software testing news


What can machine learning do for testing? - Software Testing News

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With the move to DevOps and high-paced development, there is a greater and more frequent need to specify test environments to ensure that systems are working efficiently; yet the ability of enterprise to model and manage capacity accurately is immature. Performance testers are theoretically well-placed to help but they may be naturally cautious about modelling capacity since testing functions can run up significant annual costs in capacity usage alone. You'll have heard plenty about AI (artificial intelligence) and ML (machine learning) of late, and with good reason – delicate, complex and downright costly technology and tools are rapidly maturing into usable toolsets in a wide range of verticals. Analyst firms predict huge markets for AI and ML, indeed the number of enterprises implementing artificial intelligence (AI) grew 270 percent in the past four years and tripled in the past year, according to industry analyst Gartner's 2019 CIO Survey. Results showed that organisations across all industries use AI in a variety of applications but on the downside struggle with acute talent shortages.


AI can bridge software automation gaps - Software Testing News

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Today's continuous integration bottlenecks need AI for code The impact artificial intelligence could have on software development is ripe for speculation. Will AI help create prototypes in days, instead of months or years? Will it teach human developers how to code better? AI research is broad and code is flexible, so it's hard to imagine what software development will look like when intelligent programs can help us interact with code. What many developers and tech managers don't realise is that AI has made huge leaps in its usefulness for development teams in the last several years.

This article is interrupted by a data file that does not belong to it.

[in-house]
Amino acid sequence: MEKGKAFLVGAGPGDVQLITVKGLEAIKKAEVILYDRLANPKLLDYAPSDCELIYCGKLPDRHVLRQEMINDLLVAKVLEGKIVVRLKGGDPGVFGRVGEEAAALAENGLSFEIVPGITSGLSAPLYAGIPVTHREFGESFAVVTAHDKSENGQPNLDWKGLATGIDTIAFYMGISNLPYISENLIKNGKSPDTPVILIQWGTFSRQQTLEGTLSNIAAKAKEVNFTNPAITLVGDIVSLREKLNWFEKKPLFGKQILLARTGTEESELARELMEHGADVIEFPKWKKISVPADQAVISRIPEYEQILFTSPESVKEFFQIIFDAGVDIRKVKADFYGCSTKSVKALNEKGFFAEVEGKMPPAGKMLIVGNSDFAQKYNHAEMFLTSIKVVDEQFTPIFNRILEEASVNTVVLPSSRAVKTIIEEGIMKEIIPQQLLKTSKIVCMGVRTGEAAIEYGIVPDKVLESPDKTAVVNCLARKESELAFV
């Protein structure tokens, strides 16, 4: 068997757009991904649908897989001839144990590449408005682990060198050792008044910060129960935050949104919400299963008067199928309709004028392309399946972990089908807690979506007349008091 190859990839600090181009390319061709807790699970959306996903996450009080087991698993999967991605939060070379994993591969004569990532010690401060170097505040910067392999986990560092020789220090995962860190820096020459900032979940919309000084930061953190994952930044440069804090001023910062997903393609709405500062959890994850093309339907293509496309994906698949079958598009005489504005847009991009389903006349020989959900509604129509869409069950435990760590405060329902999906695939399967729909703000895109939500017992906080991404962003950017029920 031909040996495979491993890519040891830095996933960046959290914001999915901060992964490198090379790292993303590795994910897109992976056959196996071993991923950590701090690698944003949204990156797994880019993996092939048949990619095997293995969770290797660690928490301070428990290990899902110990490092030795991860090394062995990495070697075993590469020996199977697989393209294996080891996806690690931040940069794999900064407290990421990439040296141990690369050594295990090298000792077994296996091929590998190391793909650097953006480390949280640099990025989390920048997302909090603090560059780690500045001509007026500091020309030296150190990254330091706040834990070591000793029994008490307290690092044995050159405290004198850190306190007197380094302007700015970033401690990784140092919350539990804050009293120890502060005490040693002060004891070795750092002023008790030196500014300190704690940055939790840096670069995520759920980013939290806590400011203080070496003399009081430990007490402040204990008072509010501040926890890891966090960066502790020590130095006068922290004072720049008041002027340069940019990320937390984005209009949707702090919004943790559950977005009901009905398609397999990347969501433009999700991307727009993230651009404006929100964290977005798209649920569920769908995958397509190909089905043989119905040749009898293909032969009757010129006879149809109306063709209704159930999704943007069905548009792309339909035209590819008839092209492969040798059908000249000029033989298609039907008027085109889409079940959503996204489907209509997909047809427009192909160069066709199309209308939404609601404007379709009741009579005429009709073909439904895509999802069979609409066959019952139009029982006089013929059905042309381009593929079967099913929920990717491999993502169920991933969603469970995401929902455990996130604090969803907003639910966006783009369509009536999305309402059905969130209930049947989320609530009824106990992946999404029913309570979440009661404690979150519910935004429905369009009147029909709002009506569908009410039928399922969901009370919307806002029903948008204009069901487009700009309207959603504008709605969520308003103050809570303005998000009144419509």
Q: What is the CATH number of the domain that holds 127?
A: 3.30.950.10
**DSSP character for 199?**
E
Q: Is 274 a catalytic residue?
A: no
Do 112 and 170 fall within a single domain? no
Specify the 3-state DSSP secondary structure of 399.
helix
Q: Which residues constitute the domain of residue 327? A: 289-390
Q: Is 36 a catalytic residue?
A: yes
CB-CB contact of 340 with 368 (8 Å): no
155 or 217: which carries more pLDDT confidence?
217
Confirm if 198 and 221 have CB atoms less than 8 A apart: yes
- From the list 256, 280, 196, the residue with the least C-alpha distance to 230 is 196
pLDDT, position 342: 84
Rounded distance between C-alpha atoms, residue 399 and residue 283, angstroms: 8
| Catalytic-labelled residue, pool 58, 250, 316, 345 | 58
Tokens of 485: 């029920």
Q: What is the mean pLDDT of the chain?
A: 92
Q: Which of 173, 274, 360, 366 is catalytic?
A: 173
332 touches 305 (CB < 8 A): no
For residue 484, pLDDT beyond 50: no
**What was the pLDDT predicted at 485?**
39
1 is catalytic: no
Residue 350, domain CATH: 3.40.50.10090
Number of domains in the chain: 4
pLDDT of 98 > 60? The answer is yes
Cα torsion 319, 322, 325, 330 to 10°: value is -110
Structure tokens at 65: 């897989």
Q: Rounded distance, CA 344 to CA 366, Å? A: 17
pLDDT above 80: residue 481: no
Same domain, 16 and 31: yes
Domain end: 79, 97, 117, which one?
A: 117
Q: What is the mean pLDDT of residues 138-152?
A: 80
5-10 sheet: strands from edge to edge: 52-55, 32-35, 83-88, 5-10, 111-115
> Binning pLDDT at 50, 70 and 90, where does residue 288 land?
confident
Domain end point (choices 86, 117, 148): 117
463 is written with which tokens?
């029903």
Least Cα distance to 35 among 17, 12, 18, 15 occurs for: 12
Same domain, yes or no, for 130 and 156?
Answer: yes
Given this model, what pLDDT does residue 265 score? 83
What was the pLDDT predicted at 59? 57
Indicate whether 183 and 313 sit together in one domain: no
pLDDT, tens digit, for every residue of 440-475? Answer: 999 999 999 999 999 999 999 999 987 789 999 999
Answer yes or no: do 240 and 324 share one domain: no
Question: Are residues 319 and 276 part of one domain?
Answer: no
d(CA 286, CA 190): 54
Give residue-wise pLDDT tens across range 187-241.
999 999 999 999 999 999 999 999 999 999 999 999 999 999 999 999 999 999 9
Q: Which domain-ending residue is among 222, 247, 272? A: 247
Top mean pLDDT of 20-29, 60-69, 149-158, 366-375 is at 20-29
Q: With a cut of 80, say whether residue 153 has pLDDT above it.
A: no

From helping humans to evolving firms, ML's impact on the modern age is huge - Software Testing News

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With enterprises in the race to embrace digital change, other tech companies are doing what they can to make this happen. AudioEye, a digital accessibility firm, is no exception to this. They have embraced growing changes, like machine learning, to accelerate accessibility and help organisations achieve digital inclusion standards. Sean Bradley, CoFounder at AudioEye talks of why machine learning is so vital to today's evolving tech sector. Beginning in 2015/2016, businesses started reaching out to us having found themselves on the receiving end of website accessibility claims, despite having neither a) any control over their source code or b) any understanding of where to begin in order to address the claims.


Is AI all that it's cracked up to be for today's testing? - Software Testing News

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Testing in the Third Industrial Revolution: Is AI all that it's cracked up to be for today's testing? This article seeks to make sense of the promise of AI in testing. It returns first to understand the pressure currently placed on testing by iterative software delivery, identifying some core requirements for testing in the "Third Industrial Revolution". It then considers why current testing methodologies currently fail to fulfil these objects. Only then are emerging technology from the world of AI considered. The goal is to identify how current AI technologies might remedy the challenges created by rise in automated test execution, building on the tools and techniques in place today.